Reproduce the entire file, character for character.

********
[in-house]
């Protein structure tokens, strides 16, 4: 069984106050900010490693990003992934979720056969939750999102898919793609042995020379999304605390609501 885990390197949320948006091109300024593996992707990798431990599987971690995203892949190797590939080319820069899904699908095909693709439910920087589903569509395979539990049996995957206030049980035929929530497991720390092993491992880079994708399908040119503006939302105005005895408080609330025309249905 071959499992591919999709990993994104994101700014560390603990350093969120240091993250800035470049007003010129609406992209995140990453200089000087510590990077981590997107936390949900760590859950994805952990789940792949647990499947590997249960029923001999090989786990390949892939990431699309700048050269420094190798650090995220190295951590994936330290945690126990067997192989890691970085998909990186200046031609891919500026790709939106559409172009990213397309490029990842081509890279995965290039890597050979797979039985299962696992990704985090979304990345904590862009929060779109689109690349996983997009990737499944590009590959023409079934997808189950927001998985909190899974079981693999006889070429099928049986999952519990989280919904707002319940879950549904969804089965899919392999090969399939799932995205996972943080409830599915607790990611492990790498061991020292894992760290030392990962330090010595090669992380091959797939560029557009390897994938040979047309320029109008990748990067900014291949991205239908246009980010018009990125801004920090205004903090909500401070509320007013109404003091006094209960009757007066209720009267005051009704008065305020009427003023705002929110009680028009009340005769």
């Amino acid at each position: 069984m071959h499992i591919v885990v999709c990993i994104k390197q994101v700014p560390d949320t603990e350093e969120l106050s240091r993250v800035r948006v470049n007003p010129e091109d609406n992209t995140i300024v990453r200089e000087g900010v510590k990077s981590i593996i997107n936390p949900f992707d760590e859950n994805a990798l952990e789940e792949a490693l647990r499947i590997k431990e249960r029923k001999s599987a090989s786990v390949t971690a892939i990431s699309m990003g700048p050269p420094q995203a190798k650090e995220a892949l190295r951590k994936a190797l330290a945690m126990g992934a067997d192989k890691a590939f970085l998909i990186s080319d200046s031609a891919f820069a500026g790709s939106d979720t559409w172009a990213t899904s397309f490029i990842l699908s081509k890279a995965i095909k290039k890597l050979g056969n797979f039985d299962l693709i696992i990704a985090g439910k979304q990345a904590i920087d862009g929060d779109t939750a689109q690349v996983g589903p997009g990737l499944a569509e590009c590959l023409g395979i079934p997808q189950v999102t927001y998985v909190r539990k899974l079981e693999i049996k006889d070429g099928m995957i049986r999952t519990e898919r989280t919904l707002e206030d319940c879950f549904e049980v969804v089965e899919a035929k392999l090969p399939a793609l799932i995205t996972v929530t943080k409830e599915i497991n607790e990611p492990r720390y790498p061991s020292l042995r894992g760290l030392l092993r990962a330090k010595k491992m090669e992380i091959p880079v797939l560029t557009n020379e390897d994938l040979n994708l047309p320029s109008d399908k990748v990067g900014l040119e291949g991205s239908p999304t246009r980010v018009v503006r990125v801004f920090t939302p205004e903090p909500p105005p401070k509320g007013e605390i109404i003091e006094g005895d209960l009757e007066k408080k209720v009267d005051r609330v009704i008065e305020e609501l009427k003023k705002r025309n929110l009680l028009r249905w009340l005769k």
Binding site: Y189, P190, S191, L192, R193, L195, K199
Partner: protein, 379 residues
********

[in-house]
């Protein structure tokens, strides 16, 4: 069984106050900010490693990003992934979720056969939750999102898919793609042995020379999304605390609501 885990390197949320948006091109300024593996992707990798431990599987971690995203892949190797590939080319820069899904699908095909693709439910920087589903569509395979539990049996995957206030049980035929929530497991720390092993491992880079994708399908040119503006939302105005005895408080609330025309249905 071959499992591919999709990993994104994101700014560390603990350093969120240091993250800035470049007003010129609406992209995140990453200089000087510590990077981590997107936390949900760590859950994805952990789940792949647990499947590997249960029923001999090989786990390949892939990431699309700048050269420094190798650090995220190295951590994936330290945690126990067997192989890691970085998909990186200046031609891919500026790709939106559409172009990213397309490029990842081509890279995965290039890597050979797979039985299962696992990704985090979304990345904590862009929060779109689109690349996983997009990737499944590009590959023409079934997808189950927001998985909190899974079981693999006889070429099928049986999952519990989280919904707002319940879950549904969804089965899919392999090969399939799932995205996972943080409830599915607790990611492990790498061991020292894992760290030392990962330090010595090669992380091959797939560029557009390897994938040979047309320029109008990748990067900014291949991205239908246009980010018009990125801004920090205004903090909500401070509320007013109404003091006094209960009757007066209720009267005051009704008065305020009427003023705002929110009680028009009340005769």
């Amino acid at each position: 069984m071959h499992i591919v885990v999709c990993i994104k390197q994101v700014p560390d949320t603990e350093e969120l106050s240091r993250v800035r948006v470049n007003p010129e091109d609406n992209t995140i300024v990453r200089e000087g900010v510590k990077s981590i593996i997107n936390p949900f992707d760590e859950n994805a990798l952990e789940e792949a490693l647990r499947i590997k431990e249960r029923k001999s599987a090989s786990v390949t971690a892939i990431s699309m990003g700048p050269p420094q995203a190798k650090e995220a892949l190295r951590k994936a190797l330290a945690m126990g992934a067997d192989k890691a590939f970085l998909i990186s080319d200046s031609a891919f820069a500026g790709s939106d979720t559409w172009a990213t899904s397309f490029i990842l699908s081509k890279a995965i095909k290039k890597l050979g056969n797979f039985d299962l693709i696992i990704a985090g439910k979304q990345a904590i920087d862009g929060d779109t939750a689109q690349v996983g589903p997009g990737l499944a569509e590009c590959l023409g395979i079934p997808q189950v999102t927001y998985v909190r539990k899974l079981e693999i049996k006889d070429g099928m995957i049986r999952t519990e898919r989280t919904l707002e206030d319940c879950f549904e049980v969804v089965e899919a035929k392999l090969p399939a793609l799932i995205t996972v929530t943080k409830e599915i497991n607790e990611p492990r720390y790498p061991s020292l042995r894992g760290l030392l092993r990962a330090k010595k491992m090669e992380i091959p880079v797939l560029t557009n020379e390897d994938l040979n994708l047309p320029s109008d399908k990748v990067g900014l040119e291949g991205s239908p999304t246009r980010v018009v503006r990125v801004f920090t939302p205004e903090p909500p105005p401070k509320g007013e605390i109404i003091e006094g005895d209960l009757e007066k408080k209720v009267d005051r609330v009704i008065e305020e609501l009427k003023k705002r025309n929110l009680l028009r249905w009340l005769k």
Binding site: Y189, P190, S191, L192, R193, L195, K199
Partner: protein, 379 residues